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C'est La Vie

"No use wine-ing about it"

Review by Chris Olson

A short film about the fluid nature of human relationships, C’est La Via is Christopher Rapalo’s swirling urban drama about a man and woman who meet in a wine bar, and their ensuing connection which becomes as fragile as an empty bottle of Sauvignon Blanc.

Quentin Miras plays the male character, who we are introduced to sitting alone at a wine bar, enjoying a glass of red, when he is joined by the very pretty Marise Jimenez. The two feel a spark and the movie jumps six months to them enjoying a relationship and the comfort stage that comes with it. A few montages and cityscape

transition sequences later and the whole thing has become corked, their once full-bodied vintage now a smashed bottle of Lambrini.

*Getting light-headed from all these alcohol puns*

Far from the most uplifting tale of a blossoming romance, C’est La Vie is a short film that offers viewers style and skill over plot and script. Rapalo brings out plenty of weapons in his arsenal of artistic filmmaking, delivering impressive technical effects and a visual platter of goodies. Language plays an important part in C’est La Vie, with Miras being English-speaking whilst Jimenez is Spanish, throw in a little French at some point and the whole movie takes on a very Cosmopolitan feel (okay, that reference was unintentional).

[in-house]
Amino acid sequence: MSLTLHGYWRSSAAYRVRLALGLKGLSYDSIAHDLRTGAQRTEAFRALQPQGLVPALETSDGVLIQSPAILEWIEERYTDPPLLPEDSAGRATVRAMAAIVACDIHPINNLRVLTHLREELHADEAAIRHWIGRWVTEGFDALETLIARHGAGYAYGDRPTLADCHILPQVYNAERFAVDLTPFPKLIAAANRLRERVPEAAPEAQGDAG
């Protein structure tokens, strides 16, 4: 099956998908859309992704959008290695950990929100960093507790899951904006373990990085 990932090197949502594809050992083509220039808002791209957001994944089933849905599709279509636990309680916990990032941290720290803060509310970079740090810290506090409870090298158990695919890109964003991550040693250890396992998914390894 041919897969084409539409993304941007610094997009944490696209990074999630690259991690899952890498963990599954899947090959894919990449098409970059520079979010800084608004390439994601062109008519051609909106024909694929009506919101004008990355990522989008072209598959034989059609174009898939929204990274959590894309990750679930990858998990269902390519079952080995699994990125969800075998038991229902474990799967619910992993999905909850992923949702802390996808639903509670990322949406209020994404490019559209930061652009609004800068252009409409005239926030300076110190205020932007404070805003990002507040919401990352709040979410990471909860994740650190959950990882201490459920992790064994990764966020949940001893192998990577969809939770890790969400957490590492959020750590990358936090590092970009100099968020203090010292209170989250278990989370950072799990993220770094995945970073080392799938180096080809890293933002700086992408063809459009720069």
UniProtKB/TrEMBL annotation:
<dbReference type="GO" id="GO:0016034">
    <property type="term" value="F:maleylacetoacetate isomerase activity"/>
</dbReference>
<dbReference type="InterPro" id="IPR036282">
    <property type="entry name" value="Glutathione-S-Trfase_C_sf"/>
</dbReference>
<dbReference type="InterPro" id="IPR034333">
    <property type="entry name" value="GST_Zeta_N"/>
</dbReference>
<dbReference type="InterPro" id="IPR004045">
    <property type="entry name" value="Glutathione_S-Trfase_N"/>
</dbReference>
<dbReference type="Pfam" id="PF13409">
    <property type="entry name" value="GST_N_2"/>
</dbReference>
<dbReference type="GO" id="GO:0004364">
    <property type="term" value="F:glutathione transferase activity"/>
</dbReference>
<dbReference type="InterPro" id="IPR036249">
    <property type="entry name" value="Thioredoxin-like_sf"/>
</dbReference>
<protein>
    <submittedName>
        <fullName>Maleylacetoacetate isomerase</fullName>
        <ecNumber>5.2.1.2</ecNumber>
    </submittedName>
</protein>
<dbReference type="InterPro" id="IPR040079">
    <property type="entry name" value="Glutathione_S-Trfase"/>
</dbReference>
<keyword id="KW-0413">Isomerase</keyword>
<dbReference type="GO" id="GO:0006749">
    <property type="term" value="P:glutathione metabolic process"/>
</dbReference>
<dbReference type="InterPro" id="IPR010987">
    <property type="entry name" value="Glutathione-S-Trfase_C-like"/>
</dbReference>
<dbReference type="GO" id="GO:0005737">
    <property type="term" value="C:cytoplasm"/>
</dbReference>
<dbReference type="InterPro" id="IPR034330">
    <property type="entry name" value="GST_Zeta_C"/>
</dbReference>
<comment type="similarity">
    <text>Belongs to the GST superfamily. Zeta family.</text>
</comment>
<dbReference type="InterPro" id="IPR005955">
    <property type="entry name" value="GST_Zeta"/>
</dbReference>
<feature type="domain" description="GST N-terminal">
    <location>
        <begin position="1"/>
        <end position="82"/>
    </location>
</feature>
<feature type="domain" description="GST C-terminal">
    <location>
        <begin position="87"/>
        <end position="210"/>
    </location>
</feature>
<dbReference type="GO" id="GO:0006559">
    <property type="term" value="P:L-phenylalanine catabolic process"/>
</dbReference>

In a film about the transient nature of our disposition, the performances fail to ground the viewer in the moment. Whilst the interaction between Miras and Jimenez shows some chemistry, and there are moments of thoughtful tension, the two become afterthoughts for a film making a larger point. Like a perfume commercial but without the celebrity endorsement.

Wrapping up the movie with a T.S Eliot quote, it is clear that this is Rapalo’s vehicle, who shows himself to be a director with poise and style. Throughout the movie, clear and decisive intentions can be seen, offering bold commentary without delving into overblown, and unnecessary, dialogue. This is primarily a visual piece where every element has been carefully chosen to assemble into a striking picture for the viewer, one that intends to enrapture and move. Something which Rapalo does successfully.


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